nearby- but I said, si anyway.
We turned off the road, down a little drive
where we passed some cows sleeping in a little pasture. A
short distance ahead was a little clay house with a sliver
of porch providing a little protection from the now blazing
heat. We were greeted by an absolutely beaming toothless woman.
I don't know if I've ever seen someone so purely gushing with
sheer joy. We fairly collapsed onto a rickety bench along
one wall and bought beers for all. She passed ice cold Polar
beer through a window in the side of the building, her toothless
grin framed like the Mona Lisa. A little boy and girl appeared
from one of the doorways and played with a ping pong ball
in the dirt where we all sat. They seemed enchanted by us
as we exchanged small talk. You could see that the older one-
the girl, seemed to think it was funny we didn't speak her
As good as the cold beer was, we wanted
to get to our final destination and rest. It was only another
hour or so ahead, and by the time we got there, we were happy
to be done with the ride. The only way to reach this little
village is by foot, horseback, or serious four by four (and
I don't mean Explorer). We were later to find that the taxis
for hire actually have to go through an aggressive certification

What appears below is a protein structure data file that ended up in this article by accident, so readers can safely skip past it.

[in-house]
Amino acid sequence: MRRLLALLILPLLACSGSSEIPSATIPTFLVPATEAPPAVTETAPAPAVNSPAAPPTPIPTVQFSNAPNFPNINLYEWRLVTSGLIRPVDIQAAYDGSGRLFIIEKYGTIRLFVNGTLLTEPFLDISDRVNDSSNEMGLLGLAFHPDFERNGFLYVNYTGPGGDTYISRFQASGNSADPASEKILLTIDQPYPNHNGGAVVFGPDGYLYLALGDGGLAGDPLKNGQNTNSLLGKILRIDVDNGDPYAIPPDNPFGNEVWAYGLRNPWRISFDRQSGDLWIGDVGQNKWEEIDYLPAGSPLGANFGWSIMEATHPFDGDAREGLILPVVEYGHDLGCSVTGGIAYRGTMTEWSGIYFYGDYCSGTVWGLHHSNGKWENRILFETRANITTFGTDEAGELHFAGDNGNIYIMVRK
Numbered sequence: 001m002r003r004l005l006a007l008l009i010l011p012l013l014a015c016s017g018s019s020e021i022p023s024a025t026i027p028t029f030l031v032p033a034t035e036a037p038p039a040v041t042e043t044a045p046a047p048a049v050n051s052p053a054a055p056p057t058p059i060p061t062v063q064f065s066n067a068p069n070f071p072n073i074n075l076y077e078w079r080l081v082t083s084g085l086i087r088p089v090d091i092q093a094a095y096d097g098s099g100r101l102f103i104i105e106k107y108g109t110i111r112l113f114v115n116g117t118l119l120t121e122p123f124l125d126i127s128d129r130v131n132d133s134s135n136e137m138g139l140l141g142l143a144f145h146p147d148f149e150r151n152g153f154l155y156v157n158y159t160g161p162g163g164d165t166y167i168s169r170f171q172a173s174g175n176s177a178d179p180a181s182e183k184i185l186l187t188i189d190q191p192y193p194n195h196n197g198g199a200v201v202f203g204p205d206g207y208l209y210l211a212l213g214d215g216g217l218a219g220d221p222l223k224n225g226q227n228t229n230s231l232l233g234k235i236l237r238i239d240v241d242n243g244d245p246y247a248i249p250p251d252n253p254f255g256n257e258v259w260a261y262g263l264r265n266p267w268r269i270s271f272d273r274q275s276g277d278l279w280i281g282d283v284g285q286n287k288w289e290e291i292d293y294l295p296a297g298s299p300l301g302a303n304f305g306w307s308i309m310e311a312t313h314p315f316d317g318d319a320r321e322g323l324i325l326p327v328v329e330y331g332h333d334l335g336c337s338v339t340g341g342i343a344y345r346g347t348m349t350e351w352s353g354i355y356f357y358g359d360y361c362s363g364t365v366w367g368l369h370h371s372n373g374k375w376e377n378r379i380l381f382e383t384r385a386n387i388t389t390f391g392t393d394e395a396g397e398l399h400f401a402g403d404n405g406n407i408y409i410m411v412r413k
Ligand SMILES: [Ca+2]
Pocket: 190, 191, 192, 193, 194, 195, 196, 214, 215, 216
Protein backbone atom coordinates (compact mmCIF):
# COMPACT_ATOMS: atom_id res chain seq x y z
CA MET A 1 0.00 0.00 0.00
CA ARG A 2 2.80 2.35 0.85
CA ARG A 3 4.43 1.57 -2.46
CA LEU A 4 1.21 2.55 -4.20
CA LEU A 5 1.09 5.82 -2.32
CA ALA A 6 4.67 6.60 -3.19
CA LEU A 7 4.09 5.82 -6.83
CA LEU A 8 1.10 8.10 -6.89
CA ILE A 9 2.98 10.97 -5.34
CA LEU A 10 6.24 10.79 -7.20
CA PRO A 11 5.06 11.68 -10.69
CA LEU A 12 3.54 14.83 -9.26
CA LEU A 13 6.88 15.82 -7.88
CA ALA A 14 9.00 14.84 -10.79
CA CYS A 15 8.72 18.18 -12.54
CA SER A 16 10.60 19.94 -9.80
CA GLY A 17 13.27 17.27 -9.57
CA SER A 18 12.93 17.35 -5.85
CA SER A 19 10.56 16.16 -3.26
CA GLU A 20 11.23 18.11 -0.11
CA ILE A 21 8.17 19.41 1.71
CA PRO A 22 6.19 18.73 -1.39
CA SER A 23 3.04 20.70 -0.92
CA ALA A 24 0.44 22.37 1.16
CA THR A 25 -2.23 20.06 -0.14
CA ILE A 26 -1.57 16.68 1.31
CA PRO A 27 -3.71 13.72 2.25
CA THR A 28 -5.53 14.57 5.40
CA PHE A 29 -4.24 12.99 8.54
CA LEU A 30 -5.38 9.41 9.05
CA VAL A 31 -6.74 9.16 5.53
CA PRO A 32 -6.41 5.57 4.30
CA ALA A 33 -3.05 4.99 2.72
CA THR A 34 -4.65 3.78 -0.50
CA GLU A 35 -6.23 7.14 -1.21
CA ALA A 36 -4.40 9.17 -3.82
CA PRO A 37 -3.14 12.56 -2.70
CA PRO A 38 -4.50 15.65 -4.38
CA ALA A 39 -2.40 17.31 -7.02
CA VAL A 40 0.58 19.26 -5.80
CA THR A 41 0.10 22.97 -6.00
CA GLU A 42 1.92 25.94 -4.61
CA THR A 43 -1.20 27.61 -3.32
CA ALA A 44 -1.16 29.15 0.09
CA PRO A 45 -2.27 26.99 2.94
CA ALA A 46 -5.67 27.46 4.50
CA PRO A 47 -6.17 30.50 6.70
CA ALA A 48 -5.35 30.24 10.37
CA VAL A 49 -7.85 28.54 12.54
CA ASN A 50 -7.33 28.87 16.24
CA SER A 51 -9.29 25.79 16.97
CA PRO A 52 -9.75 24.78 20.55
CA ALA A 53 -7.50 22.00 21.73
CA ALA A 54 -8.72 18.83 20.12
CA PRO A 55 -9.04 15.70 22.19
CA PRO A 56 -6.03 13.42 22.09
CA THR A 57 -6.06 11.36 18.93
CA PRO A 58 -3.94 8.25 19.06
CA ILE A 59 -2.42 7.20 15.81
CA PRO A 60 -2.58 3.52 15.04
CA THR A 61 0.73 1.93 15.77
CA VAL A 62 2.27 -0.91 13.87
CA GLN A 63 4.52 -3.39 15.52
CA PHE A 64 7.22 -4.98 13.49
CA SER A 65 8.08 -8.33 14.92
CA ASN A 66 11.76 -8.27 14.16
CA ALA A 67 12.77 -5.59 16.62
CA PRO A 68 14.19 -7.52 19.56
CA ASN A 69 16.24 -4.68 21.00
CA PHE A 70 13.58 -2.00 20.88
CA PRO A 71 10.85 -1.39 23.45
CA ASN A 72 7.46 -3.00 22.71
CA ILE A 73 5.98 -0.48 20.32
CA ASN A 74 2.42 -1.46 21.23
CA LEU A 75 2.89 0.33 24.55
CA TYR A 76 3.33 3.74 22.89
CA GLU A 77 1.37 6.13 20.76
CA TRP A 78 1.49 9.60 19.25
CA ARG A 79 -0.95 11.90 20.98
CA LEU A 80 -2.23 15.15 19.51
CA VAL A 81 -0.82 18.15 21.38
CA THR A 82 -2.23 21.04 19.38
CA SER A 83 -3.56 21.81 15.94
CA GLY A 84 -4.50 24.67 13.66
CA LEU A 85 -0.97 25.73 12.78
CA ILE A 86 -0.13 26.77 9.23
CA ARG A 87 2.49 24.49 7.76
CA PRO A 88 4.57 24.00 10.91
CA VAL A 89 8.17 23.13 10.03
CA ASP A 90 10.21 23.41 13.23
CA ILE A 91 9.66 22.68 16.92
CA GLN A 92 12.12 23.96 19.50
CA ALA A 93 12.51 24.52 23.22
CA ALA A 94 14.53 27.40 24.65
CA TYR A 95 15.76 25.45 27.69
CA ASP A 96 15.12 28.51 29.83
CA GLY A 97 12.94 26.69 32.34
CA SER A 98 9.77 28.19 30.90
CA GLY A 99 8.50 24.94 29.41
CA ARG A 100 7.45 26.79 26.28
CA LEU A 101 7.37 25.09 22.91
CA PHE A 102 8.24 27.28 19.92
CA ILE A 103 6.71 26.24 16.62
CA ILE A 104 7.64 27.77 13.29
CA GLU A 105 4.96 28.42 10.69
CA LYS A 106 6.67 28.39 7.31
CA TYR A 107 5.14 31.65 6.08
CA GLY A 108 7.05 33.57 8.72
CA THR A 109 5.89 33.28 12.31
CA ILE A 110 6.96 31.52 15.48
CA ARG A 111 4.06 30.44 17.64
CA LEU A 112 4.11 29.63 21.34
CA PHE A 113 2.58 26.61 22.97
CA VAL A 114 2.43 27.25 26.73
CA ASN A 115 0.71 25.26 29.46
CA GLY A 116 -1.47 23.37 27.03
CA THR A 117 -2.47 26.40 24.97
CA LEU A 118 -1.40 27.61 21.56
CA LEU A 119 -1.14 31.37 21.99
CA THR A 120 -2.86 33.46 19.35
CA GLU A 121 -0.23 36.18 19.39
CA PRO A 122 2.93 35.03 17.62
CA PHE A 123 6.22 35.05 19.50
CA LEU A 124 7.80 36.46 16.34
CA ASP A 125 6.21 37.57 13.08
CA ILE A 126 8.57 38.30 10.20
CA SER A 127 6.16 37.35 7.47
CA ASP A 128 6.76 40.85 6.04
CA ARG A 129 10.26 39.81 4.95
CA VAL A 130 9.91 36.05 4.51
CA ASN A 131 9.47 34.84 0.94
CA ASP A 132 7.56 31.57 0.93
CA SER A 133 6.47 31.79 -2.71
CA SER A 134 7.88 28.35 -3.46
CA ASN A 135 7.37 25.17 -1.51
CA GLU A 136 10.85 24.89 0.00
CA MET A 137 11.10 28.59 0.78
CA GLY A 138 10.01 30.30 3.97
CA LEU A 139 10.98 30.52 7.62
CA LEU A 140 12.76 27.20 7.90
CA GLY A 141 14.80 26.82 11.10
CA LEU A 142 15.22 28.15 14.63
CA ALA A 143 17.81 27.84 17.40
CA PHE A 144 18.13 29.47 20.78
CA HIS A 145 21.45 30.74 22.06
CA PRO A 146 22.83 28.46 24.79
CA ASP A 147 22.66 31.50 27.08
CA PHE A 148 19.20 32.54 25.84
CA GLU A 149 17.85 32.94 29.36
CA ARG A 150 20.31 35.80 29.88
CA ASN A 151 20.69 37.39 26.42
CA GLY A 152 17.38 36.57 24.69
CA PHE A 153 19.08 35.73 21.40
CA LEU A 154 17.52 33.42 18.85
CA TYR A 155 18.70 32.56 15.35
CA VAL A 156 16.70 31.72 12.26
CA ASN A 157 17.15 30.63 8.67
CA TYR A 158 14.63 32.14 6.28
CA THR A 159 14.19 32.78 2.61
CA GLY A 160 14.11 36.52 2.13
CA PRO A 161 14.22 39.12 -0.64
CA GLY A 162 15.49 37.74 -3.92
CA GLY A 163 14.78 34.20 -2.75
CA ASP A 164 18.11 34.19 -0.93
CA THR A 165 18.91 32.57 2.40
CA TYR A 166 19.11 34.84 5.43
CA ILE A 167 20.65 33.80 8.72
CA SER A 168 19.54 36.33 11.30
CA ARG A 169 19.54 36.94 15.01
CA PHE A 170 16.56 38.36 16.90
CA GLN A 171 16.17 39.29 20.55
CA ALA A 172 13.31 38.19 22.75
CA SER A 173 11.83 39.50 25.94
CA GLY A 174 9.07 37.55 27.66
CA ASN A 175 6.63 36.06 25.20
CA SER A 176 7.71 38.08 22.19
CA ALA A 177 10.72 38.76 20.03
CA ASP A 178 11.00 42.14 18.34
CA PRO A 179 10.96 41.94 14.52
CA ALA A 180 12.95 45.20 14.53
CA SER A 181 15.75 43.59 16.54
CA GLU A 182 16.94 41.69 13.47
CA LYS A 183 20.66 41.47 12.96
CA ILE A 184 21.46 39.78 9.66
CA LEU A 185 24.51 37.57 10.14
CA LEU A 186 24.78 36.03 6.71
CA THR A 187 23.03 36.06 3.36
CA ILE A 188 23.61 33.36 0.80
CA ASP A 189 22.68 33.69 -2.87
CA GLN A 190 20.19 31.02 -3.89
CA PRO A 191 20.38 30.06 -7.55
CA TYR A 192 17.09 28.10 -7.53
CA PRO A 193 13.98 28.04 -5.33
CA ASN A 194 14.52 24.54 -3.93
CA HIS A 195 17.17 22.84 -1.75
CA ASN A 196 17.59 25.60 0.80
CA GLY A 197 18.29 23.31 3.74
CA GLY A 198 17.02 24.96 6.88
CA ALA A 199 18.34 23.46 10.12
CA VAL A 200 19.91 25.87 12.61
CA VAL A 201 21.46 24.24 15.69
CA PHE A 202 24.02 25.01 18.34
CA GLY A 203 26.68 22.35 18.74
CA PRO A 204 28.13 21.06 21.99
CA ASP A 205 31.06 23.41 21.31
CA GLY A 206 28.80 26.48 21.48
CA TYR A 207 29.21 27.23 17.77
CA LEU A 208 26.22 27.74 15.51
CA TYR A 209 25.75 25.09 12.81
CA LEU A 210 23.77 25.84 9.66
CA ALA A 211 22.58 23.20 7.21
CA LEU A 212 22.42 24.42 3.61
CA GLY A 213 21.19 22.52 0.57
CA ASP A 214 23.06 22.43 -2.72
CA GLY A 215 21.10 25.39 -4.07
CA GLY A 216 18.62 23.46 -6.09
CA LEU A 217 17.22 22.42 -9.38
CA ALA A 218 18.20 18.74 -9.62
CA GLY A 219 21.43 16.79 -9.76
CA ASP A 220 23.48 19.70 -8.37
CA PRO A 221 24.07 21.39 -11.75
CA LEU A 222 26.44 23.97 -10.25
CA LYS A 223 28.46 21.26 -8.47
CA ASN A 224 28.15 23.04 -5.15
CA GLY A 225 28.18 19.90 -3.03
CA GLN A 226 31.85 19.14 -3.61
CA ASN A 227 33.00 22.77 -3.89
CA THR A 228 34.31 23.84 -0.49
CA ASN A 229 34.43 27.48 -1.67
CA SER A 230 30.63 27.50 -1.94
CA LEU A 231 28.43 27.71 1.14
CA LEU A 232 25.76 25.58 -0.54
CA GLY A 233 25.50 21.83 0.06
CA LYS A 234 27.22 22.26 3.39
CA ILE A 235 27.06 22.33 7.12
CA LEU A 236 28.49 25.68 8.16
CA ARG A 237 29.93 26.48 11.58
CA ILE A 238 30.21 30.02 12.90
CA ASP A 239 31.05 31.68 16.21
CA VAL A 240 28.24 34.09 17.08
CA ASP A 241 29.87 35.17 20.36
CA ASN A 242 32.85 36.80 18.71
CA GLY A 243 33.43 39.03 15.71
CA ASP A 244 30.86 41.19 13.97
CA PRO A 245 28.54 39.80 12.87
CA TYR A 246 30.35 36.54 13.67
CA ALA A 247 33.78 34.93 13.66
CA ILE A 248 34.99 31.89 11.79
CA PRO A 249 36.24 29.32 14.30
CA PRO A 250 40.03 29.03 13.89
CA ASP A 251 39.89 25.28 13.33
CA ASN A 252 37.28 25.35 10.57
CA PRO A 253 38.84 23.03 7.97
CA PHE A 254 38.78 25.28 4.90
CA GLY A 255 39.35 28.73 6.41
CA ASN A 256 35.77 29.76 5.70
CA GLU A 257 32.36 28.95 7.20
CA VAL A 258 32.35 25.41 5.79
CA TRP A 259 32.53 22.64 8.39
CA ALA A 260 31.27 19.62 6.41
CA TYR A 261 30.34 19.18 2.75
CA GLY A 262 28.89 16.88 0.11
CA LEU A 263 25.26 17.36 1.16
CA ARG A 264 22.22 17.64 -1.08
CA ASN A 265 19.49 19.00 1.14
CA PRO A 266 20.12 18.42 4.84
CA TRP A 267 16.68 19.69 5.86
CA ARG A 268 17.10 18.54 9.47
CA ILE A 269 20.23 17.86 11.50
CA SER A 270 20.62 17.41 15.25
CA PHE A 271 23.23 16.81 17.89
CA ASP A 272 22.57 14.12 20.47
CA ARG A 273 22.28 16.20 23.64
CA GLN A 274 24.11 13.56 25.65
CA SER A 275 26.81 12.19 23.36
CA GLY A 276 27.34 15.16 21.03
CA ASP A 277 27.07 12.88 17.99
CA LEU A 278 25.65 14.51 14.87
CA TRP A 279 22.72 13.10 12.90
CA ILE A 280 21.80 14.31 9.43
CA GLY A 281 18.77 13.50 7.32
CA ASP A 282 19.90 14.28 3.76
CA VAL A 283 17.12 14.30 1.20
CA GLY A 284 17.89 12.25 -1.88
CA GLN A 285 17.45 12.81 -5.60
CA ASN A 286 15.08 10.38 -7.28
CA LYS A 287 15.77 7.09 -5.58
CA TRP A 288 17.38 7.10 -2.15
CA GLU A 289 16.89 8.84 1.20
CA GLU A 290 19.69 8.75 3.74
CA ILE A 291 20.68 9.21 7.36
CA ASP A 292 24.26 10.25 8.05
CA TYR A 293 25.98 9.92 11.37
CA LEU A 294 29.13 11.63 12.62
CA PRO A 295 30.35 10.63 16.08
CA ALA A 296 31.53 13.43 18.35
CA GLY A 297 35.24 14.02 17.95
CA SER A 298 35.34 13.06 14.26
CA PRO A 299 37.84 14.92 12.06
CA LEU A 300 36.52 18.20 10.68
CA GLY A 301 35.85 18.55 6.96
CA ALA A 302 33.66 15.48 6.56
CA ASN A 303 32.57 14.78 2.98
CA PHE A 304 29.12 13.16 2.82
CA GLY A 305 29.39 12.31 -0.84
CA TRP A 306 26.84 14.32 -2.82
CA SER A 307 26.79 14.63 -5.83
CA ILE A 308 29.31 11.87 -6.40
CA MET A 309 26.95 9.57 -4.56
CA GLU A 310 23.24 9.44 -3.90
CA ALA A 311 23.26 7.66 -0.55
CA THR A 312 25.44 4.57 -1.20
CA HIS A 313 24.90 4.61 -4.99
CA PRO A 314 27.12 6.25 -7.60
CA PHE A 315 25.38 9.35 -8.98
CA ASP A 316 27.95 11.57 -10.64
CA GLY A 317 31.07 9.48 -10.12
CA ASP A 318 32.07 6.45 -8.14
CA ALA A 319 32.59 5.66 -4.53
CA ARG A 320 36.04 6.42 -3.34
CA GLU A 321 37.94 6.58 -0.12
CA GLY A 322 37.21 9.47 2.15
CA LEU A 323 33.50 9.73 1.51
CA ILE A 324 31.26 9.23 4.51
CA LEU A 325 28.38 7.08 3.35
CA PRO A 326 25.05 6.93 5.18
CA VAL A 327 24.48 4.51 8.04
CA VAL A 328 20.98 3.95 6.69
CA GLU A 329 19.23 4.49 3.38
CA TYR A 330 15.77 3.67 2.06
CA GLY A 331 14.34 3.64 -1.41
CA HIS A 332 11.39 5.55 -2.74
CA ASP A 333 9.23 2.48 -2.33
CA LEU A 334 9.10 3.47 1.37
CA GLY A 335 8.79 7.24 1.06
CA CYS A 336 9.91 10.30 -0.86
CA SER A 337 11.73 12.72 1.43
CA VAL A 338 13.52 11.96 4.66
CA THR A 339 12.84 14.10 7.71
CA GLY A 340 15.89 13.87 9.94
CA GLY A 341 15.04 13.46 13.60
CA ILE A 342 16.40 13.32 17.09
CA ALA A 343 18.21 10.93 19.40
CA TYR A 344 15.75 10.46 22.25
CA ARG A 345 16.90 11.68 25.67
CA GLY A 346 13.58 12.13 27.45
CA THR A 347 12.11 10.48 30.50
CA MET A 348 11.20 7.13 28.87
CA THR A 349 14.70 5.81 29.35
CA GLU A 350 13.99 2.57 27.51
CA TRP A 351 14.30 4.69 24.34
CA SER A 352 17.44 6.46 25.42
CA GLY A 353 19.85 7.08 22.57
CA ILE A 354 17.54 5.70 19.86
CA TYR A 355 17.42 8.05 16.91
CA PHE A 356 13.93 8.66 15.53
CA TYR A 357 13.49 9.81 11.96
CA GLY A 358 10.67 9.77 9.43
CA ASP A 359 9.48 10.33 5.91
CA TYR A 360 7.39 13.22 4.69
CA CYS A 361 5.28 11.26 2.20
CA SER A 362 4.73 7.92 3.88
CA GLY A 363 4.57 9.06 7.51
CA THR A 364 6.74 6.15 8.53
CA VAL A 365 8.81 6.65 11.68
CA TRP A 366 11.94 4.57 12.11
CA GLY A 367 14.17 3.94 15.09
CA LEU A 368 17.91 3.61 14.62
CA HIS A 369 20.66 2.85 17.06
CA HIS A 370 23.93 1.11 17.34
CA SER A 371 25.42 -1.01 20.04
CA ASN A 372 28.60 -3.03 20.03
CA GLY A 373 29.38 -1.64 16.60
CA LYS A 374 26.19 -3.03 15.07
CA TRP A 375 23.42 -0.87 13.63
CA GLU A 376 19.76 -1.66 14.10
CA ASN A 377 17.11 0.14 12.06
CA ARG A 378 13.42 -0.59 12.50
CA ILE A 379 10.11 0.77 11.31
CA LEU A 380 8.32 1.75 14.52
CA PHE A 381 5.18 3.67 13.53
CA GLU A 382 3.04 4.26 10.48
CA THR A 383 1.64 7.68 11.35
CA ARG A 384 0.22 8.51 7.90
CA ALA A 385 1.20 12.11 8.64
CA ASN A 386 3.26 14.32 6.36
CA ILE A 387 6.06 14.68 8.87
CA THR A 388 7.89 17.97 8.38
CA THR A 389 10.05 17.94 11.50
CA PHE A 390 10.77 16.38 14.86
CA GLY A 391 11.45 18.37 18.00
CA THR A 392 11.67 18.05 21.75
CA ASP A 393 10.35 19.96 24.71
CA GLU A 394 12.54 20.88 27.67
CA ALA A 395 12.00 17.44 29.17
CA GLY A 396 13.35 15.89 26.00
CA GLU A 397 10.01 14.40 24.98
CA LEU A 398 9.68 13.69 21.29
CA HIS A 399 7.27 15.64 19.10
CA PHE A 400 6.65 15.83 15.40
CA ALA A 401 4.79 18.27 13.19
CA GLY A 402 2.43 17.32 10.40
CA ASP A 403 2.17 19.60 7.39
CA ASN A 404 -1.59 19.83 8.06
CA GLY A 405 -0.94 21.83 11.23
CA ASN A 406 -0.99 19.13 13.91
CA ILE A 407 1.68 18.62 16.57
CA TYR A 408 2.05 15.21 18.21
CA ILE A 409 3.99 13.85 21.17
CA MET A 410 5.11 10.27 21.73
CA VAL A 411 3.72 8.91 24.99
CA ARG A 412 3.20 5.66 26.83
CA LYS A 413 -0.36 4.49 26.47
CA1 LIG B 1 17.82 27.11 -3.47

process due to the difficulty of getting in and out. Absolutely
everything on the vehicle must be checked out, and the driver's
themselves have to pass a health test. As we saw firsthand
on our way back down- a few inches off the road, and you'd
tumble thousands of feet before there'd be so much as boulder
to hit on your way down. Anyway, I think this has kept the
Los Nevados pure from outside influence. If not for the jeeps,
you would have no idea what century it is.
The cobblestone streets were almost barren
of people. A few here and there walked from one place to the
next. One led his donkey and cart up the road. Another boy
trotted by smartly on his shiny black horse with a long mane.
Steve's knee was really bad, and it was going to take awhile
for him to walk down the hill to the posada we had been referred
to. Never one to pass up a photo opp (he's a professional
photographer), Steve took it slow and shot pictures on the
way down while I went ahead to reserve rooms at Posada Bella
Vista as we'd heard it was by far the nicest one in town.
Almost immediately I was approached by a woman offering us
another posada. Sometimes it pays to be a foreigner, as I
was able to feign not speaking Spanish.
At the bottom of the hill, next to the church,
an iron gate led to Posada Bella Vista. As I passed through